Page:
Williams Helps Spark Clippers in Second Half
Eric Patten (@ericpatten), Clippers.com | 1/26/12

The Clippers were looking for a spark, any spark.

And with 1:34 left in the third quarter a wild scramble at mid-court where the ball changed hands four times in a matter of seconds may have done just that.

Point guard Chris Paul, in his second game back from a strained left hamstring, lost the ball near the 3-point line on the offensive end of the floor. Memphis rookie Josh Selby and Paul simultaneously dove for it on top of the script Clippers logo near the center circle. Selby came away with it and pitched it ahead to Quincy Pondexter.


Postgame Recap: Clippers 98, Grizzlies 91
But Mo Williams chased Pondexter down, and as the Memphis forward went up for a layup, Williams swiped the ball away, grabbed it near the right sideline, tiptoed, and kept it inbounds with a wraparound dribble.

As he’s done on so many occasions in the last five games, Williams drove the length of the floor and canned a 20-foot pull-up from the elbow, finishing the play at a time when the Clippers urgently needed it.

Lately, words like hot, unbelievable, and fantastic have been uttered by Williams’ teammates and head coach Vinny Del Negro. None of the adjectives may do justice.

The jumper capped a nine-point quarter for the smooth shooting, do-anything guard. He closed the game making 6 of his final 10 shots, scoring 18 points with three rebounds, two assists, and a season-high four steals.

“[Williams’ impact] is huge,” Paul said. “His energy is contagious, the way he picks up on defense and the way he pushes the ball.”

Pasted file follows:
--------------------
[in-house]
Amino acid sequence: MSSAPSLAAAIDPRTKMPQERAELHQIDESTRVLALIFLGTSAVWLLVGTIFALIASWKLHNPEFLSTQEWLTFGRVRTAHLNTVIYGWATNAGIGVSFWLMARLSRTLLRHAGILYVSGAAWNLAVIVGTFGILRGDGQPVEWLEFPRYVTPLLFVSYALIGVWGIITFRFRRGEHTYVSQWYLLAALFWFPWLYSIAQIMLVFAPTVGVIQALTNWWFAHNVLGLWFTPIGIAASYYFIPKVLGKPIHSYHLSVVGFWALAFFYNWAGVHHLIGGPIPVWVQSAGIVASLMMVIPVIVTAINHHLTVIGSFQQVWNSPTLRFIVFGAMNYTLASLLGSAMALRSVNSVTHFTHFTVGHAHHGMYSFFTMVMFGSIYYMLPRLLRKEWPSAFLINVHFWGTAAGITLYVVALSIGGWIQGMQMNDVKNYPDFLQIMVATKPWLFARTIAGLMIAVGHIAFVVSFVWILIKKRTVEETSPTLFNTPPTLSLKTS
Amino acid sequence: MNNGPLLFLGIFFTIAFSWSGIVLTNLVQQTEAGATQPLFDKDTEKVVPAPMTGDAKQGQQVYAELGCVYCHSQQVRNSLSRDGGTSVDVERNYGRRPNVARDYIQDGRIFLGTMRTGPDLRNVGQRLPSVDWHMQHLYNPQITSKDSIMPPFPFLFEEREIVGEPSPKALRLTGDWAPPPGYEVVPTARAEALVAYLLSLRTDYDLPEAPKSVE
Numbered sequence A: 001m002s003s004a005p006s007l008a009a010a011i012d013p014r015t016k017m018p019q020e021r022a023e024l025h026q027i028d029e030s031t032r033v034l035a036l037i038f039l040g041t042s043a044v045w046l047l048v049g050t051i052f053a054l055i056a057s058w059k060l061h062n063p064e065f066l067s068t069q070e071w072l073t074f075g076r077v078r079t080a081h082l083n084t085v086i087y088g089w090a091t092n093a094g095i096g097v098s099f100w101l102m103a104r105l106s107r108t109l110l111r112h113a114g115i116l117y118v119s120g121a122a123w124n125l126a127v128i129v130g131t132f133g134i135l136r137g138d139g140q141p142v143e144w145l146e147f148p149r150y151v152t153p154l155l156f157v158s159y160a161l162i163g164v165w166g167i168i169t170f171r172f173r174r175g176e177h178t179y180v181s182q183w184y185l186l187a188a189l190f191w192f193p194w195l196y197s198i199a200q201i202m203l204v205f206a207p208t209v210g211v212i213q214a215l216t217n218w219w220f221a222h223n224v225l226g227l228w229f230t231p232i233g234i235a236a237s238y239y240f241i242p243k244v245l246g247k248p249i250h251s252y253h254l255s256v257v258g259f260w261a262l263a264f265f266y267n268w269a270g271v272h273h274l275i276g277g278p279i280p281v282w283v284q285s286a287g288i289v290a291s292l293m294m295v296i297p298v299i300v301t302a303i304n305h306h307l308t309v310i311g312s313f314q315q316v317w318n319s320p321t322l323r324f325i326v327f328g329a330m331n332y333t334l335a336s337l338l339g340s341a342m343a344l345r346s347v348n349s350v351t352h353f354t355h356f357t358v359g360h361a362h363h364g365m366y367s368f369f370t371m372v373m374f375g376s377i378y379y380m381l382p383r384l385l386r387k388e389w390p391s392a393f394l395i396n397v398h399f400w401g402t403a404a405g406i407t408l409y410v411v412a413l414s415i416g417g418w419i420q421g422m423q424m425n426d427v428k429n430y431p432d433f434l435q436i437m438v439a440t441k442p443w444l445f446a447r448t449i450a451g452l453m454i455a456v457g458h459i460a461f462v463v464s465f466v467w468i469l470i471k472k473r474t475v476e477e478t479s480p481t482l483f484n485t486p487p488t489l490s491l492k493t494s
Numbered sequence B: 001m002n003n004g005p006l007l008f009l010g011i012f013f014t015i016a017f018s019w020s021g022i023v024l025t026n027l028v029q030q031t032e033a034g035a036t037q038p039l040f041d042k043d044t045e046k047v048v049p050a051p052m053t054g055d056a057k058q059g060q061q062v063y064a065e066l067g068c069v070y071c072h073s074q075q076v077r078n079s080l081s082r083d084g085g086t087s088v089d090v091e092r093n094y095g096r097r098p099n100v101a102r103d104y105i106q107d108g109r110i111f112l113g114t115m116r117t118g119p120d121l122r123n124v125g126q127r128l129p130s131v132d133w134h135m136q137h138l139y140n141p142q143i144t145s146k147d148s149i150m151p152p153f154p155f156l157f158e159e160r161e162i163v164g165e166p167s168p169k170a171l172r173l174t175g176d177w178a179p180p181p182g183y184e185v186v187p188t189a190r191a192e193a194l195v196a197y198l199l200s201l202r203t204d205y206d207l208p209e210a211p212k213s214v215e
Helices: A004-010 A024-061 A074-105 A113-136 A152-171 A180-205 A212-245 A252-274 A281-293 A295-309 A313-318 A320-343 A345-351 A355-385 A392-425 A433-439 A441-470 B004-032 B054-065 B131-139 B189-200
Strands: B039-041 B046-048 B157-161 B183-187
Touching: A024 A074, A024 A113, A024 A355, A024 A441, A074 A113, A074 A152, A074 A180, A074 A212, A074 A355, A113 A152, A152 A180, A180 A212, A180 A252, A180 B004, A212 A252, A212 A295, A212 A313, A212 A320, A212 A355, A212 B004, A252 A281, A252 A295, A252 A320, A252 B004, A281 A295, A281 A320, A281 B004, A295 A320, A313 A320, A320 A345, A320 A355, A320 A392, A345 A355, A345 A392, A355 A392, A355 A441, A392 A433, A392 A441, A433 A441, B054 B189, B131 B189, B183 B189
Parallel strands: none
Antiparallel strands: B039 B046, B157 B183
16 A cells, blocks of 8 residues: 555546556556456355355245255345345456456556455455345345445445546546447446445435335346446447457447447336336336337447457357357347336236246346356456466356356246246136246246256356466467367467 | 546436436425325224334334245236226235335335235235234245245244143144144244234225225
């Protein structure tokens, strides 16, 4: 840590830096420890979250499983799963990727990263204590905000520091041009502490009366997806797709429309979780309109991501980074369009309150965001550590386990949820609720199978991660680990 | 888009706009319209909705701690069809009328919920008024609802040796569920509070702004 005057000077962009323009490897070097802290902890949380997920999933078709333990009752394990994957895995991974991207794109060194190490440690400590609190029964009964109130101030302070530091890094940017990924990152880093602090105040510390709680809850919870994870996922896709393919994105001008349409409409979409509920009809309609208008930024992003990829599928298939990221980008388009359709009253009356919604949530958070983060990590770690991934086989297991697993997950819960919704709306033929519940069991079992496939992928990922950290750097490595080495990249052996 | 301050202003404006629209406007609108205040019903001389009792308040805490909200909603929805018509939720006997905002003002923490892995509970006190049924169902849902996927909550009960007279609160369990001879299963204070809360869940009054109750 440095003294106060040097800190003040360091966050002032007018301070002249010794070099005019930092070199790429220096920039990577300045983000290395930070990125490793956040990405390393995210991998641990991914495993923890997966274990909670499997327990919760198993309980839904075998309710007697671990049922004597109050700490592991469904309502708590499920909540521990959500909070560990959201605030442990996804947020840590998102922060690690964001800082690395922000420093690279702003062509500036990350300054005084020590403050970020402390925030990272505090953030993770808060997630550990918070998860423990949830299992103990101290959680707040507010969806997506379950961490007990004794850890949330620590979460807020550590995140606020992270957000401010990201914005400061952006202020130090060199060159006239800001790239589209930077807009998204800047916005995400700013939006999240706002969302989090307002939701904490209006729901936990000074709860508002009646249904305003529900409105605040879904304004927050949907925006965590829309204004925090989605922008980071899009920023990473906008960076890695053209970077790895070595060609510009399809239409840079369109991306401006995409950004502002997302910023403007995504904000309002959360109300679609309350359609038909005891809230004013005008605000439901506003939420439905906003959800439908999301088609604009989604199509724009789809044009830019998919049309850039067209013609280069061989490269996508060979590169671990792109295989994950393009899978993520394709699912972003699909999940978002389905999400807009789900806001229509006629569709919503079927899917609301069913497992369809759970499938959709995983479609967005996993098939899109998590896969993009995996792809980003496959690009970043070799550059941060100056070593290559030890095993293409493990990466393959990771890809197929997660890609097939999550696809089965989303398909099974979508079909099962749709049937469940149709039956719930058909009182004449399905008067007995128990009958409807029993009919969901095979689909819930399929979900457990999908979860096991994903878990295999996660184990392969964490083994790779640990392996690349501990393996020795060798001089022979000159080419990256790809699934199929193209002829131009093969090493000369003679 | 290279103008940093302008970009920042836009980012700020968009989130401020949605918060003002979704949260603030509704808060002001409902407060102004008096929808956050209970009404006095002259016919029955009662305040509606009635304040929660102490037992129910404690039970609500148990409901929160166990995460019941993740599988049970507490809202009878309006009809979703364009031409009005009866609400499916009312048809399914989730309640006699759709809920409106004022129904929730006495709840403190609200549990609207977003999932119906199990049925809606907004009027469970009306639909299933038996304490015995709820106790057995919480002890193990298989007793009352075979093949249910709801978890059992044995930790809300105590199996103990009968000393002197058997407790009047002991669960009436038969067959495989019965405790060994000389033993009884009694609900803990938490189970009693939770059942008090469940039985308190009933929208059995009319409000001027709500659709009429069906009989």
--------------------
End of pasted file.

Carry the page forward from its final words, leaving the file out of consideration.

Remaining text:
Prior to the game, Del Negro said, “We have to do a better job of trying to balance [the bench production] a little bit.”

And while Randy Foye chipped in seven points in 17 minutes, the way Williams is playing it might not matter. In five games since returning from a sore right foot, he’s averaging 22.2 points, topping a handful of teams in points off the bench.

The last comparable stretch of his career came in Dec. 2009, when he scored 20 points or more in five straight, averaging close to 36 minutes as a starter with the Cavaliers. His output has been nearly as proficient this year in seven fewer minutes per night.

“Coming off the bench you never know what the team needs that night and I always just try to bring energy,” Williams said. “Actually, go to the defensive end and make it extremely tough on my man and on the offensive end I just stay consistent with it each night.”

To say Williams has completely embraced the role would be inaccurate. He’s said it’s been a challenge defending opposing off-guards, chasing shooters around screens, and playing fewer minutes. But he’s adapted, in part, because as Del Negro has repeatedly said that’s what professionals do.

On Thursday, Williams played the entire fourth quarter, keeping another former All-Star, Chauncey Billups, on the bench as Williams shared the floor with Paul, Caron Butler, Blake Griffin, and DeAndre Jordan. It was the first time that both Billups and Williams have been active and the latter guard closed the game.

“Mo was playing well,” Del Negro said. “I thought Chauncey, the last couple of games, has been a little bit off. When guys are going well, I’m going to use them. That’s what a team is all about.”


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